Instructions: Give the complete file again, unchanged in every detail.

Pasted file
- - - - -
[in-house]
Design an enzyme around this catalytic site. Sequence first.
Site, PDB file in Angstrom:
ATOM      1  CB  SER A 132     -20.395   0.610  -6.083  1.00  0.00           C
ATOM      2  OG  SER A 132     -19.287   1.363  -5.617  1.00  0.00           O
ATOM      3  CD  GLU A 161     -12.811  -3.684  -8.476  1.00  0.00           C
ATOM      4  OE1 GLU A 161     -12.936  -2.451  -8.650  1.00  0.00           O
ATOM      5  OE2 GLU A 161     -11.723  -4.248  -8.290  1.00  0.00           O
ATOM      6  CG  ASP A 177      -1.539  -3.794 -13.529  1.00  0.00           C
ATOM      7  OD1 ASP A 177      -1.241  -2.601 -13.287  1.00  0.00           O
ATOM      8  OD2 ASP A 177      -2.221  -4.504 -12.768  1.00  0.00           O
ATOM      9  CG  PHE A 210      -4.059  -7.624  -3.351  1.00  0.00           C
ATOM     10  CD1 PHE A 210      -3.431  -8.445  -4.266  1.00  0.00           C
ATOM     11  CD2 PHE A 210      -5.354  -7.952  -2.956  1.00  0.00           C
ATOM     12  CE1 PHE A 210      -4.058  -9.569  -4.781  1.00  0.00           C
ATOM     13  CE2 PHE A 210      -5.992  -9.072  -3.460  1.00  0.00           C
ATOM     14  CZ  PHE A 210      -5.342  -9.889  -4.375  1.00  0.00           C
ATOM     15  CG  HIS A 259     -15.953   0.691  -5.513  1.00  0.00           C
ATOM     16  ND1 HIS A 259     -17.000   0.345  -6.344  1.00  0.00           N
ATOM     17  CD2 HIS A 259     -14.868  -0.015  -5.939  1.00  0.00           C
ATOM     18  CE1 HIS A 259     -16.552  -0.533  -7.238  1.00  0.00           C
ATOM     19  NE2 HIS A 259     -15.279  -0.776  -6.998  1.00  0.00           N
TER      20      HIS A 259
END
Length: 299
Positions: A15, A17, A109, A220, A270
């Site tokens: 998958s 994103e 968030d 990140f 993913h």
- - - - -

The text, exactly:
[in-house]
Design an enzyme around this catalytic site. Sequence first.
Site, PDB file in Angstrom:
ATOM      1  CB  SER A 132     -20.395   0.610  -6.083  1.00  0.00           C
ATOM      2  OG  SER A 132     -19.287   1.363  -5.617  1.00  0.00           O
ATOM      3  CD  GLU A 161     -12.811  -3.684  -8.476  1.00  0.00           C
ATOM      4  OE1 GLU A 161     -12.936  -2.451  -8.650  1.00  0.00           O
ATOM      5  OE2 GLU A 161     -11.723  -4.248  -8.290  1.00  0.00           O
ATOM      6  CG  ASP A 177      -1.539  -3.794 -13.529  1.00  0.00           C
ATOM      7  OD1 ASP A 177      -1.241  -2.601 -13.287  1.00  0.00           O
ATOM      8  OD2 ASP A 177      -2.221  -4.504 -12.768  1.00  0.00           O
ATOM      9  CG  PHE A 210      -4.059  -7.624  -3.351  1.00  0.00           C
ATOM     10  CD1 PHE A 210      -3.431  -8.445  -4.266  1.00  0.00           C
ATOM     11  CD2 PHE A 210      -5.354  -7.952  -2.956  1.00  0.00           C
ATOM     12  CE1 PHE A 210      -4.058  -9.569  -4.781  1.00  0.00           C
ATOM     13  CE2 PHE A 210      -5.992  -9.072  -3.460  1.00  0.00           C
ATOM     14  CZ  PHE A 210      -5.342  -9.889  -4.375  1.00  0.00           C
ATOM     15  CG  HIS A 259     -15.953   0.691  -5.513  1.00  0.00           C
ATOM     16  ND1 HIS A 259     -17.000   0.345  -6.344  1.00  0.00           N
ATOM     17  CD2 HIS A 259     -14.868  -0.015  -5.939  1.00  0.00           C
ATOM     18  CE1 HIS A 259     -16.552  -0.533  -7.238  1.00  0.00           C
ATOM     19  NE2 HIS A 259     -15.279  -0.776  -6.998  1.00  0.00           N
TER      20      HIS A 259
END
Length: 299
Positions: A15, A17, A109, A220, A270
């Site tokens: 998958s 994103e 968030d 990140f 993913h």